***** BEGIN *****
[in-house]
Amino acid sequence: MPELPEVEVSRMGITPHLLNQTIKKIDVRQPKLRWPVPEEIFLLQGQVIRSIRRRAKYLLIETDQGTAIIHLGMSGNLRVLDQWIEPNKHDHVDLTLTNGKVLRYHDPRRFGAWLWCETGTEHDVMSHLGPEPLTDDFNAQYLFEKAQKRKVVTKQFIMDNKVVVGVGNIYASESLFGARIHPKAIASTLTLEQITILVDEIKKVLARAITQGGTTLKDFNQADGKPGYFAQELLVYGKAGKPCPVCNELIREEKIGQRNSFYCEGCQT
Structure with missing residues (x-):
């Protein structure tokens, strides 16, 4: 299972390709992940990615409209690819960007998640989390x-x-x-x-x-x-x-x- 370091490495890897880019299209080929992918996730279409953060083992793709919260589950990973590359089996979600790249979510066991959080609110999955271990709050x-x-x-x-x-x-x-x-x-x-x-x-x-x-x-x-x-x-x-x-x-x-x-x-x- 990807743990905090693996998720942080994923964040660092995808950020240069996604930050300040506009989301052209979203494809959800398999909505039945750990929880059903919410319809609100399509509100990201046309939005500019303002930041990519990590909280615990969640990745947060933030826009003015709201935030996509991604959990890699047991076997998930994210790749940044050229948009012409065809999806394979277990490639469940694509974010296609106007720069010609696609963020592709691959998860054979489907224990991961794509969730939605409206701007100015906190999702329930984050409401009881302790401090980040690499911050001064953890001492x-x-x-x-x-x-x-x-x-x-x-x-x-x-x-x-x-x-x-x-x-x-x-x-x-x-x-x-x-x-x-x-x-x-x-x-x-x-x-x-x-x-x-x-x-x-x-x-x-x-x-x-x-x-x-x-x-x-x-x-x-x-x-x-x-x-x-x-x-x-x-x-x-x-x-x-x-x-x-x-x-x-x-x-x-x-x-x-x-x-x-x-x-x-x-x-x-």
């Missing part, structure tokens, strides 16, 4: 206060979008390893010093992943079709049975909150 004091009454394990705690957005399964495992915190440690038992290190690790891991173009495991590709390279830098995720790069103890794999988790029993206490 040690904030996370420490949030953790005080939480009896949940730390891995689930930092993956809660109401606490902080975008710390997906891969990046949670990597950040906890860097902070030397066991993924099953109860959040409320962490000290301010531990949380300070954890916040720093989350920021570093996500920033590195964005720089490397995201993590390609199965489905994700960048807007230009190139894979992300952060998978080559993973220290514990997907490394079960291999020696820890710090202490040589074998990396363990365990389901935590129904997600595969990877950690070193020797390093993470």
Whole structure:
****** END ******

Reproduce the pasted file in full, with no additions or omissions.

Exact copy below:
[in-house]
Amino acid sequence: MPELPEVEVSRMGITPHLLNQTIKKIDVRQPKLRWPVPEEIFLLQGQVIRSIRRRAKYLLIETDQGTAIIHLGMSGNLRVLDQWIEPNKHDHVDLTLTNGKVLRYHDPRRFGAWLWCETGTEHDVMSHLGPEPLTDDFNAQYLFEKAQKRKVVTKQFIMDNKVVVGVGNIYASESLFGARIHPKAIASTLTLEQITILVDEIKKVLARAITQGGTTLKDFNQADGKPGYFAQELLVYGKAGKPCPVCNELIREEKIGQRNSFYCEGCQT
Structure with missing residues (x-):
């Protein structure tokens, strides 16, 4: 299972390709992940990615409209690819960007998640989390x-x-x-x-x-x-x-x- 370091490495890897880019299209080929992918996730279409953060083992793709919260589950990973590359089996979600790249979510066991959080609110999955271990709050x-x-x-x-x-x-x-x-x-x-x-x-x-x-x-x-x-x-x-x-x-x-x-x-x- 990807743990905090693996998720942080994923964040660092995808950020240069996604930050300040506009989301052209979203494809959800398999909505039945750990929880059903919410319809609100399509509100990201046309939005500019303002930041990519990590909280615990969640990745947060933030826009003015709201935030996509991604959990890699047991076997998930994210790749940044050229948009012409065809999806394979277990490639469940694509974010296609106007720069010609696609963020592709691959998860054979489907224990991961794509969730939605409206701007100015906190999702329930984050409401009881302790401090980040690499911050001064953890001492x-x-x-x-x-x-x-x-x-x-x-x-x-x-x-x-x-x-x-x-x-x-x-x-x-x-x-x-x-x-x-x-x-x-x-x-x-x-x-x-x-x-x-x-x-x-x-x-x-x-x-x-x-x-x-x-x-x-x-x-x-x-x-x-x-x-x-x-x-x-x-x-x-x-x-x-x-x-x-x-x-x-x-x-x-x-x-x-x-x-x-x-x-x-x-x-x-």
């Missing part, structure tokens, strides 16, 4: 206060979008390893010093992943079709049975909150 004091009454394990705690957005399964495992915190440690038992290190690790891991173009495991590709390279830098995720790069103890794999988790029993206490 040690904030996370420490949030953790005080939480009896949940730390891995689930930092993956809660109401606490902080975008710390997906891969990046949670990597950040906890860097902070030397066991993924099953109860959040409320962490000290301010531990949380300070954890916040720093989350920021570093996500920033590195964005720089490397995201993590390609199965489905994700960048807007230009190139894979992300952060998978080559993973220290514990997907490394079960291999020696820890710090202490040589074998990396363990365990389901935590129904997600595969990877950690070193020797390093993470």
Whole structure: